This is the second Thanksgiving episode after Thank You, God on Album 3. In that first show we heard how Mr. Whittaker went through some hard times as a child but still learned to be thankful to God in spite of it all. He was particularly thankful for his stepmother, who showed him compassion when he didn’t deserve it and led him to become a Christian. Similarly, Thanksgiving at Home again introduces the concept that we should be thankful even when things don’t go our way. The Barclay kids gain a new appreciation for their parents who have raised and provided for them. And in typical Barclay fashion, this show is a comedy rather than a serious drama like Thank You, God. As the title of Thanksgiving at Home implies, this is another Barclay do-it-yourself staycation. But unlike Our Best Vacation Ever, which was driven by George’s enthusiasm, this show is driven by the Barclay children. Donna and Jimmy are such strong characters that they more than carry the show without the need for the introduction of any characters outside the Barclay family. The two of them do such a great job together that the Barclay parents are largely absent for much of the show and yet the story doesn’t suffer. Instead, it thrives off the kids’ interaction.
Thanksgiving is an important holiday for Jimmy. But he’s not so clear on the meaning of the holiday itself. Just as he was so focused on the presents he was going to get for Christmas in the episode Peace on Earth, now he’s totally focused on the food his parents are going to make. But then disaster hits. In Peace on Earth the family woke up to find they had been robbed of their presents. Now in Thanksgiving at Home the Barclay parents wake up sick and Jimmy is robbed of his prized turkey dinner. Of course Donna is deprived of this as well, but it’s interesting to note that she doesn’t complain the way Jimmy does. Jimmy is absolutely devastated by the situation. He’s horrified at the prospect of having Thanksgiving at the Jacobs house. Turkey dinner with Robyn? No thank you. You would think Donna would be the one who would vocally oppose having to go over to Robyn’s place. In the episode But, You Promised, Donna and Robyn had a falling out and their friendship never recovered. This seems like the closest they ever came to coming together again, but alas they missed the opportunity.
The humor in this episode is topnotch. It basically turns into a terrible cooking show. Donna says, “It can’t be that hard to do. Stuff some bread in the turkey and throw it in the oven. Simple.” It’s a great line and immediately signals to the audience that things are about to go horribly wrong. And a lot of it is the result of impatience. Donna and Jimmy want their Thanksgiving dinner as quickly as possible, so they fast track the turkey and pop it in the microwave. Kids these days. Things haven’t changed much since this episode came out in 1990. During the cooking process the Barclay house fills with smoke. Keep in mind that this show aired after Two Sides to Every Story, which for some reason was placed on Album 9, so you would think Jimmy would have learned not to mess around with fire by now. I’m kind of disappointed the kids didn’t try to cook the turkey over the fireplace, but I guess that would have gone a bit too far towards the cartoonish. After the turkey has been burnt, now all of sudden the kids find a cookbook. What a perfect way to end their botched cooking experiment. If it wasn’t already clear that they did everything wrong, now at least they have it in writing.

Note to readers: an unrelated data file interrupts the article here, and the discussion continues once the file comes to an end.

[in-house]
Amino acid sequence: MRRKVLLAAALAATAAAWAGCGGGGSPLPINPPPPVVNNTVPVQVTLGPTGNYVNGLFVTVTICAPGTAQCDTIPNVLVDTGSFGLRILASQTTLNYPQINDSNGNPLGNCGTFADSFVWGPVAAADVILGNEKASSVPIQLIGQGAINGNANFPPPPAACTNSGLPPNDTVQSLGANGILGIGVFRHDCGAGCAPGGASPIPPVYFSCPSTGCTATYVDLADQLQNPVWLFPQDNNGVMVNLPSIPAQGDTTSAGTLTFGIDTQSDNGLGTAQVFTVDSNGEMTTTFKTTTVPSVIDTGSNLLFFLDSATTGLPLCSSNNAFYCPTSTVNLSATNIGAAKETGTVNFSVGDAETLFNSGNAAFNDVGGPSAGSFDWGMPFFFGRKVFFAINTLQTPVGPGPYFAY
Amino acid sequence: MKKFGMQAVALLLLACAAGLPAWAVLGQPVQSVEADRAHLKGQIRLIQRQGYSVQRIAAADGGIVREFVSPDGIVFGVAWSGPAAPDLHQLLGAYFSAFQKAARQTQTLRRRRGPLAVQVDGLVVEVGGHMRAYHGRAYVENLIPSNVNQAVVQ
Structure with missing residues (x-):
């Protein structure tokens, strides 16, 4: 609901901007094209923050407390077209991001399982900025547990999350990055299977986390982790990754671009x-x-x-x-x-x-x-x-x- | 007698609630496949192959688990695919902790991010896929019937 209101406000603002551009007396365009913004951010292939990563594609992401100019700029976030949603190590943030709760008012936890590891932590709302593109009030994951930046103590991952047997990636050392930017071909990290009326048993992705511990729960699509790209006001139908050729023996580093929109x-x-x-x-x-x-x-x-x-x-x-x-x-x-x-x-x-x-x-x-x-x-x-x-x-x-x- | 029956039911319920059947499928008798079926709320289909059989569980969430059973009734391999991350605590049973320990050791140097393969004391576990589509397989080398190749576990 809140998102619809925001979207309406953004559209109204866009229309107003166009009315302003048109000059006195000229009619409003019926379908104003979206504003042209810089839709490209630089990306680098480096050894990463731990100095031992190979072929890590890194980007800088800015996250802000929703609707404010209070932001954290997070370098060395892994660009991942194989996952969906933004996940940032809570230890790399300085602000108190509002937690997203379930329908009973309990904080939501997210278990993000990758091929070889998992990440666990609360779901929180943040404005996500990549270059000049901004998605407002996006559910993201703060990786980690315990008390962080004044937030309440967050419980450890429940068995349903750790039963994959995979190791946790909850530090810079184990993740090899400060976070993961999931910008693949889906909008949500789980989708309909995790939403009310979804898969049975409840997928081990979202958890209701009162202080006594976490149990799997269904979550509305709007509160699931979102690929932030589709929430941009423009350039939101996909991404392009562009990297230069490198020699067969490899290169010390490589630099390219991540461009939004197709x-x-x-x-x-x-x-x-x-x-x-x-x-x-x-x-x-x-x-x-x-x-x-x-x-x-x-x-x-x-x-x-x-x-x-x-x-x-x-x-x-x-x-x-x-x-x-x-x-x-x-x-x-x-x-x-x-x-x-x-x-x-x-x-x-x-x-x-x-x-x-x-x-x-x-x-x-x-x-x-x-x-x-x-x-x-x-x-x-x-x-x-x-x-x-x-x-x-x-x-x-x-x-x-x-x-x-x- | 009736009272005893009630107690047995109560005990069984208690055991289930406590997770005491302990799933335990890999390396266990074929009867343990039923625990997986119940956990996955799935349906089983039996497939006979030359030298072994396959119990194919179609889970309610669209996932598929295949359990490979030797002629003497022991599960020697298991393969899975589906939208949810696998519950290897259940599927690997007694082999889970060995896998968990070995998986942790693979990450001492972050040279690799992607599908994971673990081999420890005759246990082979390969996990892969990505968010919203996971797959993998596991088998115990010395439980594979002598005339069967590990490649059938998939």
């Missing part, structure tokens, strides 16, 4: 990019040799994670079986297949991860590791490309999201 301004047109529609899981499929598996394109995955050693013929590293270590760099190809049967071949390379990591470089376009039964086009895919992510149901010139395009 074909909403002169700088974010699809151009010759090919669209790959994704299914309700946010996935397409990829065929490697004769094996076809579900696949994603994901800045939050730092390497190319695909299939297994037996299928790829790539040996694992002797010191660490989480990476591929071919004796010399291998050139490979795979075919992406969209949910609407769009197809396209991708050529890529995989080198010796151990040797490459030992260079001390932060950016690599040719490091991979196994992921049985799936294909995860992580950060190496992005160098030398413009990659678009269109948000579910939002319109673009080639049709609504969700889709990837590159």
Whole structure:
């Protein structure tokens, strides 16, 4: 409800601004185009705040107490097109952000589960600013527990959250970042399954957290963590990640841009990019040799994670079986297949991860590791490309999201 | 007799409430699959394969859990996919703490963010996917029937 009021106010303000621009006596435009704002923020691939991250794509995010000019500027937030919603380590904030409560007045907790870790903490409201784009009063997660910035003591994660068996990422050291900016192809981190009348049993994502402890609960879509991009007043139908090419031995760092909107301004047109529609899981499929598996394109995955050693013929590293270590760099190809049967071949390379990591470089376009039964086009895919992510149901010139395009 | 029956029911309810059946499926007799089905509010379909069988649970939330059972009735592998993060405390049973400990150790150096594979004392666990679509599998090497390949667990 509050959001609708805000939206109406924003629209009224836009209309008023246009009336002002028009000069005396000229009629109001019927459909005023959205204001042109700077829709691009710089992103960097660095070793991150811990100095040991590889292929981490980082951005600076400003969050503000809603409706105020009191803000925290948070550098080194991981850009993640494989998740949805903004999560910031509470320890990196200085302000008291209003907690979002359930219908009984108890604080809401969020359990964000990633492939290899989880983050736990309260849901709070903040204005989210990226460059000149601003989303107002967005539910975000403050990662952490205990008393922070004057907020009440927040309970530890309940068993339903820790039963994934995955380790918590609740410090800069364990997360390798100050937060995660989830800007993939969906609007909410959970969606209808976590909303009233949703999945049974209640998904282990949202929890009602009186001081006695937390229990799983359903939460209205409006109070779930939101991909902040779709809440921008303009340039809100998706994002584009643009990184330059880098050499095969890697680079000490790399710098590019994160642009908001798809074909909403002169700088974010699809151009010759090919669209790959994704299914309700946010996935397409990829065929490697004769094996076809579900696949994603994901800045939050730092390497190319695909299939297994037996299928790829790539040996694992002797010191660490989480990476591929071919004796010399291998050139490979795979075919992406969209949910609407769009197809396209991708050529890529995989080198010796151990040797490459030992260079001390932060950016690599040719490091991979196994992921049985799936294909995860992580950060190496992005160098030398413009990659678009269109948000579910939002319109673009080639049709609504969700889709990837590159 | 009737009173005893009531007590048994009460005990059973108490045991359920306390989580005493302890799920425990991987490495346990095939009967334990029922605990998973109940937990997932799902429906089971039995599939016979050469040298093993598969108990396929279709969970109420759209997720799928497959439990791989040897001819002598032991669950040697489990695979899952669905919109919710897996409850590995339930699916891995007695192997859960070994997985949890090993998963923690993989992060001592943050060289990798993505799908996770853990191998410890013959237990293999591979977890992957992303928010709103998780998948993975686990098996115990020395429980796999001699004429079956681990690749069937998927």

This episode is steeped in the theme of tradition. It’s not always possible to maintain traditions, which can be either a good or a bad thing depending on the situation. We listen in this show as the Barclay kids try and fail to recreate their family Thanksgiving traditions. A bulk of the episode’s humor comes from Donna and Jimmy’s turkey preparations. Meanwhile, amidst his fear that their celebration of the holiday will change, Jimmy grasps at old gender roles for security. As is tradition in their home, Jimmy declares that it’s his role as the man to watch football on TV while it’s Donna’s role as the woman to prepare the food for the meal. This tradition also falls apart, which is a good thing, as Donna forces Jimmy to help her in the kitchen. And finally, Jimmy and Donna retell the story of the original Thanksgiving, the one which so much tradition has since been built on. And what’s so important about this is that it shows how even the first American Thanksgiving was a celebration in the context of hardship. Not only had the Pilgrims been persecuted and had to flee from their homes in England, but many of them died during their first winter in Plymouth. And the Indians were suffering as well, having experienced plague. But they all did the best they could with the harvest they were given and started a new tradition, similarly to the Barclays.
You’d be hard-pressed to find another episode which gives Donna and Jimmy so much time to talk with each other without interruption. The setting doesn’t even change once, but somehow it never gets boring. That’s probably because the show is so funny. Not only is the overarching situation entertaining, but Jimmy is constantly cracking off jokes. And there’s also a lot humor that only adults will get. This is a show for the whole family and will make you love the Barclays if you don’t already. The character-driven story is simple and relatable, and thoroughly enjoyable. It’s a fun comedy told at a nice, relaxing pace and is nothing short of a classic Odyssey episode. It gets 5 out of 5 stars.